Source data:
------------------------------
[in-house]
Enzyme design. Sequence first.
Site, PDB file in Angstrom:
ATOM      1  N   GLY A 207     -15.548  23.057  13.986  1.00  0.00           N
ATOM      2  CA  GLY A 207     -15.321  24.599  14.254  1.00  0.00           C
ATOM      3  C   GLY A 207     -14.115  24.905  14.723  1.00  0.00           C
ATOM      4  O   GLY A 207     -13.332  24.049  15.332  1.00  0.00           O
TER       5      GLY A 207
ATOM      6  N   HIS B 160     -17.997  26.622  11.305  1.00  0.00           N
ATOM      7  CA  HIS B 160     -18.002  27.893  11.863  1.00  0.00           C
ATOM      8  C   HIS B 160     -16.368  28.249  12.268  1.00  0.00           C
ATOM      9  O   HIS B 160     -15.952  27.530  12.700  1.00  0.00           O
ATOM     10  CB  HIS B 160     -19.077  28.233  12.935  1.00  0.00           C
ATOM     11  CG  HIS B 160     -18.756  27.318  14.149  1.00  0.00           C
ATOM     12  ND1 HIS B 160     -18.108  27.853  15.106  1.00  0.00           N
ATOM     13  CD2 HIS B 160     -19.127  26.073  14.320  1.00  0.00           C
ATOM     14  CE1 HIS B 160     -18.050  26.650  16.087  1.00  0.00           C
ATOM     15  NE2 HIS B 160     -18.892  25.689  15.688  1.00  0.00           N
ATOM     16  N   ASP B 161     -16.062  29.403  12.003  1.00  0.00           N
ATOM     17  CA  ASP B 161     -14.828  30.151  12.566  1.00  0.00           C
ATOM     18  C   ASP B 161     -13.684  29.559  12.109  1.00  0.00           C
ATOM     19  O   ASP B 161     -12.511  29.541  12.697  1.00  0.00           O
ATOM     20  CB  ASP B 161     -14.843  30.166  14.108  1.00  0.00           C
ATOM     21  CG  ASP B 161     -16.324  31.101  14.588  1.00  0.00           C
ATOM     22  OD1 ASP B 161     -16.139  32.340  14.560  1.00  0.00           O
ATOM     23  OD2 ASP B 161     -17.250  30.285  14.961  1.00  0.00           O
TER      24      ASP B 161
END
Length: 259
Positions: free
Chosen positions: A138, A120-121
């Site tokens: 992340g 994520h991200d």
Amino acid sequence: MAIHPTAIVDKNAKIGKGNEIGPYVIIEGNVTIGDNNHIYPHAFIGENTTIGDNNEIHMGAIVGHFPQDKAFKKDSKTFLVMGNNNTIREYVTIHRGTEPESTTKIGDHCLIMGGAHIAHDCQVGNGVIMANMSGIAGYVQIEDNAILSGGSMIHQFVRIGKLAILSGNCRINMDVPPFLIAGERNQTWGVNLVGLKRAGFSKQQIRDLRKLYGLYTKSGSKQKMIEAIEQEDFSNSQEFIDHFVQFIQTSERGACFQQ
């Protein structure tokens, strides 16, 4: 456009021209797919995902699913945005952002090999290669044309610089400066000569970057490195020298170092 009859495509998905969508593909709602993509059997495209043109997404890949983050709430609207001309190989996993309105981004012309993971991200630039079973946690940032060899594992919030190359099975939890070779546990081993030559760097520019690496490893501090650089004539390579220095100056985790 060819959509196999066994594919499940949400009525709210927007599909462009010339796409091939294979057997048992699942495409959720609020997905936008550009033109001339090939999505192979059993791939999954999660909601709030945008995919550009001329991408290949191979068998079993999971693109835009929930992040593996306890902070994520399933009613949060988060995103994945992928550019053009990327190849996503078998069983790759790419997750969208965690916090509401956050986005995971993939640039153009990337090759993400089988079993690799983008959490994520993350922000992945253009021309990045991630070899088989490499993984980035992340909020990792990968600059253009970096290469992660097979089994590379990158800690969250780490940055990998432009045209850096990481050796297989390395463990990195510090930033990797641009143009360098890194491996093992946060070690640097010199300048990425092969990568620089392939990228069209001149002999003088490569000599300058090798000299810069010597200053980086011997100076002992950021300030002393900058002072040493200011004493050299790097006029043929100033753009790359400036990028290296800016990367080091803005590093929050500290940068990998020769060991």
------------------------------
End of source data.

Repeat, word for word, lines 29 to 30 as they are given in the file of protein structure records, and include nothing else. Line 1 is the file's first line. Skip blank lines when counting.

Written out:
Length: 259
Positions: free